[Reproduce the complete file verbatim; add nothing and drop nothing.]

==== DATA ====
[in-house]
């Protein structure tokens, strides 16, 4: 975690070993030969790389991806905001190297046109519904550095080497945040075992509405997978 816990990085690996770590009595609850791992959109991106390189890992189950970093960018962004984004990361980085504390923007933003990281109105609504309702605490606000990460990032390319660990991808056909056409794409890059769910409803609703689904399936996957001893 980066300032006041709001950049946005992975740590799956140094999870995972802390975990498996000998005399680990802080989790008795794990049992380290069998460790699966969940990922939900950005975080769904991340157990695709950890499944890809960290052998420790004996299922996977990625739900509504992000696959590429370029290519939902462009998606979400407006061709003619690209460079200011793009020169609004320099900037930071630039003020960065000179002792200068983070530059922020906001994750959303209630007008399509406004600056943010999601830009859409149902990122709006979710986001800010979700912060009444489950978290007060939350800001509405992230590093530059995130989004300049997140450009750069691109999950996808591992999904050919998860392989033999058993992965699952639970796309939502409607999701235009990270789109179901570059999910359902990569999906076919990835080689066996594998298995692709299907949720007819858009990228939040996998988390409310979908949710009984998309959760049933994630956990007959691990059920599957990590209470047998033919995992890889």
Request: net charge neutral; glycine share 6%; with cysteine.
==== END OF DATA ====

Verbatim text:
[in-house]
């Protein structure tokens, strides 16, 4: 975690070993030969790389991806905001190297046109519904550095080497945040075992509405997978 816990990085690996770590009595609850791992959109991106390189890992189950970093960018962004984004990361980085504390923007933003990281109105609504309702605490606000990460990032390319660990991808056909056409794409890059769910409803609703689904399936996957001893 980066300032006041709001950049946005992975740590799956140094999870995972802390975990498996000998005399680990802080989790008795794990049992380290069998460790699966969940990922939900950005975080769904991340157990695709950890499944890809960290052998420790004996299922996977990625739900509504992000696959590429370029290519939902462009998606979400407006061709003619690209460079200011793009020169609004320099900037930071630039003020960065000179002792200068983070530059922020906001994750959303209630007008399509406004600056943010999601830009859409149902990122709006979710986001800010979700912060009444489950978290007060939350800001509405992230590093530059995130989004300049997140450009750069691109999950996808591992999904050919998860392989033999058993992965699952639970796309939502409607999701235009990270789109179901570059999910359902990569999906076919990835080689066996594998298995692709299907949720007819858009990228939040996998988390409310979908949710009984998309959760049933994630956990007959691990059920599957990590209470047998033919995992890889």
Request: net charge neutral; glycine share 6%; with cysteine.